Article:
Net Gain relates to an approach to development and land management that aims to leave our natural environment in a measurably better situation than before development took place. Net gain can include positive outcomes for biodiversity or natural capital or environmental net gains for the natural environment. This will lead to better designed and considered ‘place making’ and is not intended to inhibit built development but provide better development that relates to its surroundings.
Net gain can be on site or where there is insufficient space there can be strategic offsetting or tariff payment or a combination of approaches. Conservation of existing assets is not enough to prevent habitat loss. A policy of providing a network of inter-connected sites with stepping stones and green corridors between will establish a more resilient and adaptive environment.
It is important to have a mechanism in place for measurement. The DEFRA metric utilizes a mitigation hierarchy: avoid (this is the preferred option); mitigate; or compensate. Many developers such as Berkeley, Redrow and Millwood are already voluntarily incorporating Net Gain into their proposals.
Appropriate assessment is essential: if there is no evidence of what is on site beforehand, there will be no evidence of a negative or positive impact following development. As Peter Drucker stated, “What gets measured, gets managed”.
Trading rules are built in. There is a requirement for a ‘like for like’ replacement and improvement. A 10% increase is suggested but not mandated. It is down to individual local authorities to decide. Some authorities are aiming high and setting the net gain requirement at 20%.
There is a business case for incorporating Net Gain into development proposals. Measuring and responding to what is on site reduces risk and produces viable masterplans that respond to each specific location individually. It also enables effective cost control and potential improved income. Incorporating biodiversity does not have to be expensive. Using native species and mowing regimes to encourage wildflower meadows can be cost effective.
The Government consultation on whether net gain should be mandated closed on the 10th February. The consultation related to whether Net Gain should apply to all development under Town and Country Planning excepting permitted development and whether Net Gain should be mandatory.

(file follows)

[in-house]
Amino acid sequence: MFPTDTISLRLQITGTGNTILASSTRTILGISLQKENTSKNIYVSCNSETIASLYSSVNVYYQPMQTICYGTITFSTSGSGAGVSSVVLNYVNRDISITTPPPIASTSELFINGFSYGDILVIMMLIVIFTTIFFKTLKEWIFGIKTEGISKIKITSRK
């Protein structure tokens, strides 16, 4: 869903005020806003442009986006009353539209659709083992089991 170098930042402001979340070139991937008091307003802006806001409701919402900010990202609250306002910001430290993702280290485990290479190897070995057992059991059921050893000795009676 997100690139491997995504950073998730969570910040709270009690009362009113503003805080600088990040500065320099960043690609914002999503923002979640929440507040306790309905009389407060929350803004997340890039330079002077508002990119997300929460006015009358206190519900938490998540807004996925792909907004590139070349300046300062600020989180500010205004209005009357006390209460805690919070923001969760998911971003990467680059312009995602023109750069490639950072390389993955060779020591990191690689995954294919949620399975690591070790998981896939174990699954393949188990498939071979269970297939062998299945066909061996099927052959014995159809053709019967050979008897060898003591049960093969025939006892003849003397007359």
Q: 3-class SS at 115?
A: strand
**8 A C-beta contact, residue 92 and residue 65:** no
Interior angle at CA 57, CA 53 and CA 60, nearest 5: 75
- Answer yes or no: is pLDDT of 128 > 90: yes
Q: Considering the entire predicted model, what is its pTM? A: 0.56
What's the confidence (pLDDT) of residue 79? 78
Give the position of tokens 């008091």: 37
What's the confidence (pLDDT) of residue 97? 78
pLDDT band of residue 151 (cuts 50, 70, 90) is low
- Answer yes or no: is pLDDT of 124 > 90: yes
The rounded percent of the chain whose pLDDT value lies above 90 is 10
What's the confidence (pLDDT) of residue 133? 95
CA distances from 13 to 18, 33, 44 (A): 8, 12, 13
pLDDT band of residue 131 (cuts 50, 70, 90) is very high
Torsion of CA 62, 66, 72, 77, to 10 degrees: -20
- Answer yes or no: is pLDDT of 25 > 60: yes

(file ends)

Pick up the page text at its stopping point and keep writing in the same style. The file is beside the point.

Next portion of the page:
A new DEFRA metric 2.0 will be launched in the spring. This will include:
An ECO metric is currently being tested on a phased two year programme using data from Balfour Beatty and Highways England among others. This will be a bolt on to the DEFRA Biodiversity Metric and will look at providing a wider environmental Net Gain approach: encompassing clean air and water.; mitigating and adapting to climate change; sustainability and reduction of waste; and managing exposure to environmental hazards.
NPPF Seminar, LI Seminar 21.02.2019 -Nick White , Natural England – Net Gain: From Emerging Concept Towards Mainstream Reality
JFA provide ecological guidance and monitoring for new 21 ha development
JFA will provide ecological in-put on behalf of Taylor Wimpey-Persimmon Homes to Park Farm South East, part of a phased 2,300 unit development outside Ashford, Kent, with 353 plots covering 21 hectares. The ecology team will be assisting in the creation of new wildlife habitats to retain and improve biodiversity on site and will be providing an ecological mitigation strategy (EMS), construction ecological management plan (CEMP), landscape and ecology management plan (LEMP), as well as on-site services and monitoring. JFA have been proud to be associated with the earlier phases at Park Farm and expect this to be an outstanding development with many potential net gains for biodiversity.
JFA's Principal uses her expertise in Lakeview Inquiry
Jaquelin Clay, Principal of JFA Environmental, is using her inquiry expertise to provide Expert Witness support to Aylesford Heritage Limited in matters related to landscape. This inquiry relates to a housing proposal within a quarry, which is approaching the end of its working life. The inquiry will evaluate visual impacts on the landscape setting and heritage assets and is programmed for early March. A result is expected in the Spring.
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